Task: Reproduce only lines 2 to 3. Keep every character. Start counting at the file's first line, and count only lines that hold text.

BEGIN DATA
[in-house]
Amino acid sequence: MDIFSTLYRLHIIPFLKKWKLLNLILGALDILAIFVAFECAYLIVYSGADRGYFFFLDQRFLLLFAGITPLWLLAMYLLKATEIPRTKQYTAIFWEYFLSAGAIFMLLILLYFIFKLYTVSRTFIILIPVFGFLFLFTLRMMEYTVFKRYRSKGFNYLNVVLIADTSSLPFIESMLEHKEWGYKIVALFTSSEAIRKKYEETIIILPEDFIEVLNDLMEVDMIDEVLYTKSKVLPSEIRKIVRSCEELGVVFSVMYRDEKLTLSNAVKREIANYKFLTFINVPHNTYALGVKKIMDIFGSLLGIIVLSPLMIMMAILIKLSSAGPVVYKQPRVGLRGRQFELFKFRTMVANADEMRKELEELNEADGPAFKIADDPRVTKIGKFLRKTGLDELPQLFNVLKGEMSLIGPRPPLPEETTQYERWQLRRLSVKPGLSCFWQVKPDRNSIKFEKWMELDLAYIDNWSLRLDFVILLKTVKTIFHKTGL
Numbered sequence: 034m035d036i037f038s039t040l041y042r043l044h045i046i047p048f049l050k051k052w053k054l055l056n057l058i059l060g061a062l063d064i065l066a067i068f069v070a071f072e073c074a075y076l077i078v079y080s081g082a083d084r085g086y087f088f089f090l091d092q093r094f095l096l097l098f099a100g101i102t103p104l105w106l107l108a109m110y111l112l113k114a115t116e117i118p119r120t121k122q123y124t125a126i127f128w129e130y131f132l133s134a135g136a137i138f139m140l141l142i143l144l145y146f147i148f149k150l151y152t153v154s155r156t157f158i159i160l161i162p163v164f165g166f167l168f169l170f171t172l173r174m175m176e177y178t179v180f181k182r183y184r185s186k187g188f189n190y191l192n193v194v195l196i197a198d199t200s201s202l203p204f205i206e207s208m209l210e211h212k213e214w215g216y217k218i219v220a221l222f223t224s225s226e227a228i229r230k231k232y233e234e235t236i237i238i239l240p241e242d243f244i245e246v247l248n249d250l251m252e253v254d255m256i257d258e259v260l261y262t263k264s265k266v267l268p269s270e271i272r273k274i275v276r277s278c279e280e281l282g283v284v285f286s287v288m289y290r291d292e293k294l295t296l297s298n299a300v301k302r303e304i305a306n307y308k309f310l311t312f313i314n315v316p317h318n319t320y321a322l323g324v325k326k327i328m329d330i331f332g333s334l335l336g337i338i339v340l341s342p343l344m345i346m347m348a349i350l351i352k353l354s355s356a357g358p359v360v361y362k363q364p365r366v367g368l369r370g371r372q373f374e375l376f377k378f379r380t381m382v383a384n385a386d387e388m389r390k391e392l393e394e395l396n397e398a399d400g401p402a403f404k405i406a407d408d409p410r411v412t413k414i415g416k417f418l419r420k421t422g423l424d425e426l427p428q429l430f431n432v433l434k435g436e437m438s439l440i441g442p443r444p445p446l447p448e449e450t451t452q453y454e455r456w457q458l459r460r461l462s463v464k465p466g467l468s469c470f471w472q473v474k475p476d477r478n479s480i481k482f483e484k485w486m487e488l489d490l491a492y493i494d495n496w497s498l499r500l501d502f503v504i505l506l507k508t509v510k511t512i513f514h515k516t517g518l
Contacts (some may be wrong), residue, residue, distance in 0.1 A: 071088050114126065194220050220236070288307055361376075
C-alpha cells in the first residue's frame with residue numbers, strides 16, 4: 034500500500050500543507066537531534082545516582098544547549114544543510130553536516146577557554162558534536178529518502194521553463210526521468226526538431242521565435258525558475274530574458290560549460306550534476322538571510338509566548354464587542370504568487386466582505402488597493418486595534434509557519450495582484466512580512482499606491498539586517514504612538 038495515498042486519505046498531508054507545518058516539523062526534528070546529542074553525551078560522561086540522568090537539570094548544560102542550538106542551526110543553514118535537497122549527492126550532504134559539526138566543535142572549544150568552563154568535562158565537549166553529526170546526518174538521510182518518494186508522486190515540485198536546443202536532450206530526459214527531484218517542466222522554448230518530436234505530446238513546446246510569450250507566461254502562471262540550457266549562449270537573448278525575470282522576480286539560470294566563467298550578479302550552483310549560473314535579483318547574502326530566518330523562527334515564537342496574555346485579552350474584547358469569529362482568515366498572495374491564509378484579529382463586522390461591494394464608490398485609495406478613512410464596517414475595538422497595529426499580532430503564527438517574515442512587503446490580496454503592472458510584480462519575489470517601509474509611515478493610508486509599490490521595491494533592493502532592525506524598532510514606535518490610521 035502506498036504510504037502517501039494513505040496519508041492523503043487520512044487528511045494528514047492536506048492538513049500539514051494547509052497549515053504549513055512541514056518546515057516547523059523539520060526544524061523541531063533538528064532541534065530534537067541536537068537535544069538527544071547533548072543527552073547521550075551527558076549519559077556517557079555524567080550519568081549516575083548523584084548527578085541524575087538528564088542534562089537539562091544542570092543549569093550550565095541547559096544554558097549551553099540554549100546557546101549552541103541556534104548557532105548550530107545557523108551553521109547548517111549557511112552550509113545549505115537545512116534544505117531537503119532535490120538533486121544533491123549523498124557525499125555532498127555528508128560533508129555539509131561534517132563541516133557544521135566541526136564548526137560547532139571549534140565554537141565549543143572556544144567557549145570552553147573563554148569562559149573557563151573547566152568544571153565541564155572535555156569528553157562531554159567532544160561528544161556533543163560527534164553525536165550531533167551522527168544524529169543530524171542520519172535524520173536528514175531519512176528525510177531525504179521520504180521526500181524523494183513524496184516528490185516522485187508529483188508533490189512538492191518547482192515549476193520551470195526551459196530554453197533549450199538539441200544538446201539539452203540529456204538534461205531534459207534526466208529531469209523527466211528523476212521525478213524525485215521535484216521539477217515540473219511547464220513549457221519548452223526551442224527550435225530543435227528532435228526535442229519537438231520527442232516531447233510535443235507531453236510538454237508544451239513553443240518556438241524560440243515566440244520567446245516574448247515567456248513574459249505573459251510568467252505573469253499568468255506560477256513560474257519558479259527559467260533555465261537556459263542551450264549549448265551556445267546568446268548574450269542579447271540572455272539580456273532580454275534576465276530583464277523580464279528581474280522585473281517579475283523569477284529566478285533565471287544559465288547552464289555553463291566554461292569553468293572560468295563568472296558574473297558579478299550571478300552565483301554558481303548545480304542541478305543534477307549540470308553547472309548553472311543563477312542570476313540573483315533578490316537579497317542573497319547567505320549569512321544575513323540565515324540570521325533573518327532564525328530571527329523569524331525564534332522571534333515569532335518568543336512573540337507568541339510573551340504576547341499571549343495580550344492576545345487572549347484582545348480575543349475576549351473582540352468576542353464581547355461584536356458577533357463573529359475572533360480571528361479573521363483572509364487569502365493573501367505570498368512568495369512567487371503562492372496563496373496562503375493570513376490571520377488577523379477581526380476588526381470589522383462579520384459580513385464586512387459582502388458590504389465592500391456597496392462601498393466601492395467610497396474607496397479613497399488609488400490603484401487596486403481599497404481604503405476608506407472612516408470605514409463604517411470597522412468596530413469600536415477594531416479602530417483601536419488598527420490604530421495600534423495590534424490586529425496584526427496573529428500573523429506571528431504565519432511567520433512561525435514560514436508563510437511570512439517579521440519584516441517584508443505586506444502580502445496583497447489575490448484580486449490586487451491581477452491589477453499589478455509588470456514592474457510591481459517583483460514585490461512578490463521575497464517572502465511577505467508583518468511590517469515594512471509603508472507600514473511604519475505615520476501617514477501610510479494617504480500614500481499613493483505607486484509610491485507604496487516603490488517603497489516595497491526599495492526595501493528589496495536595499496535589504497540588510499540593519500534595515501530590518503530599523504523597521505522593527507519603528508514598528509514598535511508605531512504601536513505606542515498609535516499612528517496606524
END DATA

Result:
Amino acid sequence: MDIFSTLYRLHIIPFLKKWKLLNLILGALDILAIFVAFECAYLIVYSGADRGYFFFLDQRFLLLFAGITPLWLLAMYLLKATEIPRTKQYTAIFWEYFLSAGAIFMLLILLYFIFKLYTVSRTFIILIPVFGFLFLFTLRMMEYTVFKRYRSKGFNYLNVVLIADTSSLPFIESMLEHKEWGYKIVALFTSSEAIRKKYEETIIILPEDFIEVLNDLMEVDMIDEVLYTKSKVLPSEIRKIVRSCEELGVVFSVMYRDEKLTLSNAVKREIANYKFLTFINVPHNTYALGVKKIMDIFGSLLGIIVLSPLMIMMAILIKLSSAGPVVYKQPRVGLRGRQFELFKFRTMVANADEMRKELEELNEADGPAFKIADDPRVTKIGKFLRKTGLDELPQLFNVLKGEMSLIGPRPPLPEETTQYERWQLRRLSVKPGLSCFWQVKPDRNSIKFEKWMELDLAYIDNWSLRLDFVILLKTVKTIFHKTGL
Numbered sequence: 034m035d036i037f038s039t040l041y042r043l044h045i046i047p048f049l050k051k052w053k054l055l056n057l058i059l060g061a062l063d064i065l066a067i068f069v070a071f072e073c074a075y076l077i078v079y080s081g082a083d084r085g086y087f088f089f090l091d092q093r094f095l096l097l098f099a100g101i102t103p104l105w106l107l108a109m110y111l112l113k114a115t116e117i118p119r120t121k122q123y124t125a126i127f128w129e130y131f132l133s134a135g136a137i138f139m140l141l142i143l144l145y146f147i148f149k150l151y152t153v154s155r156t157f158i159i160l161i162p163v164f165g166f167l168f169l170f171t172l173r174m175m176e177y178t179v180f181k182r183y184r185s186k187g188f189n190y191l192n193v194v195l196i197a198d199t200s201s202l203p204f205i206e207s208m209l210e211h212k213e214w215g216y217k218i219v220a221l222f223t224s225s226e227a228i229r230k231k232y233e234e235t236i237i238i239l240p241e242d243f244i245e246v247l248n249d250l251m252e253v254d255m256i257d258e259v260l261y262t263k264s265k266v267l268p269s270e271i272r273k274i275v276r277s278c279e280e281l282g283v284v285f286s287v288m289y290r291d292e293k294l295t296l297s298n299a300v301k302r303e304i305a306n307y308k309f310l311t312f313i314n315v316p317h318n319t320y321a322l323g324v325k326k327i328m329d330i331f332g333s334l335l336g337i338i339v340l341s342p343l344m345i346m347m348a349i350l351i352k353l354s355s356a357g358p359v360v361y362k363q364p365r366v367g368l369r370g371r372q373f374e375l376f377k378f379r380t381m382v383a384n385a386d387e388m389r390k391e392l393e394e395l396n397e398a399d400g401p402a403f404k405i406a407d408d409p410r411v412t413k414i415g416k417f418l419r420k421t422g423l424d425e426l427p428q429l430f431n432v433l434k435g436e437m438s439l440i441g442p443r444p445p446l447p448e449e450t451t452q453y454e455r456w457q458l459r460r461l462s463v464k465p466g467l468s469c470f471w472q473v474k475p476d477r478n479s480i481k482f483e484k485w486m487e488l489d490l491a492y493i494d495n496w497s498l499r500l501d502f503v504i505l506l507k508t509v510k511t512i513f514h515k516t517g518l